“No one is good enough for my baby” is a mindset that falls into this theme. Further, these parents tend to want their child all to themselves. They don’t want to share. This is akin to an abusive spouse who tries to isolate their partner from friends and family. It’s toxic and unhealthy behavior.

Unhealthy attachment to their child.

Some moms or dads have unhealthy neediness or attachment toward their child, so they struggle with letting go as the child gets older. They have trouble reconciling with the fact that their child is now a grown-up, with their own life, their own relationships, their own agency, all apart from the parents. Again, this unhealthy attachment often happens when the mom or dad is not especially happy with their spouse and may not have a lot of other things going on in their life.

Unkind and unloving.

If a parent does not even really try to accept or truly invite in their grown child’s partner and is outright disrespectful and unwelcoming? This will hurt to hear, but it’s likely that your parent is not an especially nice person deep in their heart.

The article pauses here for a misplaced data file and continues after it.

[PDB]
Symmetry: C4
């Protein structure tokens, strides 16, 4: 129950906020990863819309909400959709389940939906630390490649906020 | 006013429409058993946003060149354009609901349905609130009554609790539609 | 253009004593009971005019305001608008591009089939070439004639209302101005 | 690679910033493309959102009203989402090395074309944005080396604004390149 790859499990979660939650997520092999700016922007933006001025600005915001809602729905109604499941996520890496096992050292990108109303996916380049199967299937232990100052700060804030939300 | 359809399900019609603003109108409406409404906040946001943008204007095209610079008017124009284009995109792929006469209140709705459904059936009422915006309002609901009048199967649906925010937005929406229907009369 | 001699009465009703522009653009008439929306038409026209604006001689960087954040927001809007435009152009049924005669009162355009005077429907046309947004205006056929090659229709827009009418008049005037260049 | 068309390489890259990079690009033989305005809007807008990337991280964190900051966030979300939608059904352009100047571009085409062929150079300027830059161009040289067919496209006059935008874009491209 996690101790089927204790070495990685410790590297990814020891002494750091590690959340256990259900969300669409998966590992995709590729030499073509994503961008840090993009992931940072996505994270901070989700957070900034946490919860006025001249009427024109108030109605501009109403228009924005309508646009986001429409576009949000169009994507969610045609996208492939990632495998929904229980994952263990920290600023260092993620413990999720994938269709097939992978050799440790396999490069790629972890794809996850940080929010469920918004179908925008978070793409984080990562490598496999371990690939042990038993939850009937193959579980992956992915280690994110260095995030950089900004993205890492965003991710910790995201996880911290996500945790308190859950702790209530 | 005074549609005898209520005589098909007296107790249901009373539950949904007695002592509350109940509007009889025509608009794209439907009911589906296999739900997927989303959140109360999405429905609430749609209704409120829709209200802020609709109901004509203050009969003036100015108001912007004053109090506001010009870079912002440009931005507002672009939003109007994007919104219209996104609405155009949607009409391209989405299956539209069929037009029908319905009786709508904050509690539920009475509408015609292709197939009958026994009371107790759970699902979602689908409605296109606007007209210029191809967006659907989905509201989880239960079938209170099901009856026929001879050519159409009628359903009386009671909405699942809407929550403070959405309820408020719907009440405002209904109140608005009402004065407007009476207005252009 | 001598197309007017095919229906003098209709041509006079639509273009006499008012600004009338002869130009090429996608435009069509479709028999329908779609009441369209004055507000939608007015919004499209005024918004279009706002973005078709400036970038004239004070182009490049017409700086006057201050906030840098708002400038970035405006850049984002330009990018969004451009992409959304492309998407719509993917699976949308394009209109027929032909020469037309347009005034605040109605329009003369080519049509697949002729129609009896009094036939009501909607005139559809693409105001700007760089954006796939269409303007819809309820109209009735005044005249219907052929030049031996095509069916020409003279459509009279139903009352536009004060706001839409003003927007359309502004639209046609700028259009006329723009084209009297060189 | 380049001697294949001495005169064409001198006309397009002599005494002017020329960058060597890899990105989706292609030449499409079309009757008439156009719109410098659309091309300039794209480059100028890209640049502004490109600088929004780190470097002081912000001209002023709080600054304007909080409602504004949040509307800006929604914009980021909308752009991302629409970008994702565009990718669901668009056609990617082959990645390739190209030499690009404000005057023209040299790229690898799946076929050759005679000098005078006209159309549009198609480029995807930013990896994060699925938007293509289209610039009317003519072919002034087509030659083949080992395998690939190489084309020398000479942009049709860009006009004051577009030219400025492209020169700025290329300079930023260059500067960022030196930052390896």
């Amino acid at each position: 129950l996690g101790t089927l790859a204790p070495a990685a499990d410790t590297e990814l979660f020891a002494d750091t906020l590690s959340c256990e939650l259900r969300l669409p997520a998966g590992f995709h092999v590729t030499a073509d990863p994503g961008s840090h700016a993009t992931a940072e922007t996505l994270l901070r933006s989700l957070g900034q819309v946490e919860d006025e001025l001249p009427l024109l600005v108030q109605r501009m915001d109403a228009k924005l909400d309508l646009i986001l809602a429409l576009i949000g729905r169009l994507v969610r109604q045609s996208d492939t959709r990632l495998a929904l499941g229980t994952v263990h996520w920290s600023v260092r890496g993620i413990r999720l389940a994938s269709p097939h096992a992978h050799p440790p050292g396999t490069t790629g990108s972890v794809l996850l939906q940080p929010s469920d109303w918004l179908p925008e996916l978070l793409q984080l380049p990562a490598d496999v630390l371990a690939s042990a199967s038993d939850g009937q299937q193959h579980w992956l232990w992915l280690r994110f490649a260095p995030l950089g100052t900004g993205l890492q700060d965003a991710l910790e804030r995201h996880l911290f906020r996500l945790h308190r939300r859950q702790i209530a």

Whether they still “do nice things sometimes for other people” or not, here is why, if they behave this way with their child’s love partner, they are not kind.

Because, to reject and refuse to welcome the person their child loves and has chosen is also, indirectly, a rejection of their own child.

It’s saying, “I will not even try to accept, welcome, respect, or validate what you love.”

It is not being kind, respectful, or loving to your own child to refuse to welcome or be good to their partner. Instead, this is the opposite. It’s a form of withholding love, from both your own child and from their partner.

It’s cruel. This is a direct form of meanness to your own child.

And it’s a way of trying to make your child choose. By refusing to accept and welcome their partner, you put your adult child in a horrible position of having to decide: spend time with my parents or my partner. Have the back of my parents or my partner? And no loving, mature, good-hearted person or parent does this. Period.

More people than we imagine deal with this heartbreaking scenario, either with their own parents, or the parents of their partner. It’s an immensely difficult one. And one that will be deeply painful for the child of the parents causing the problem.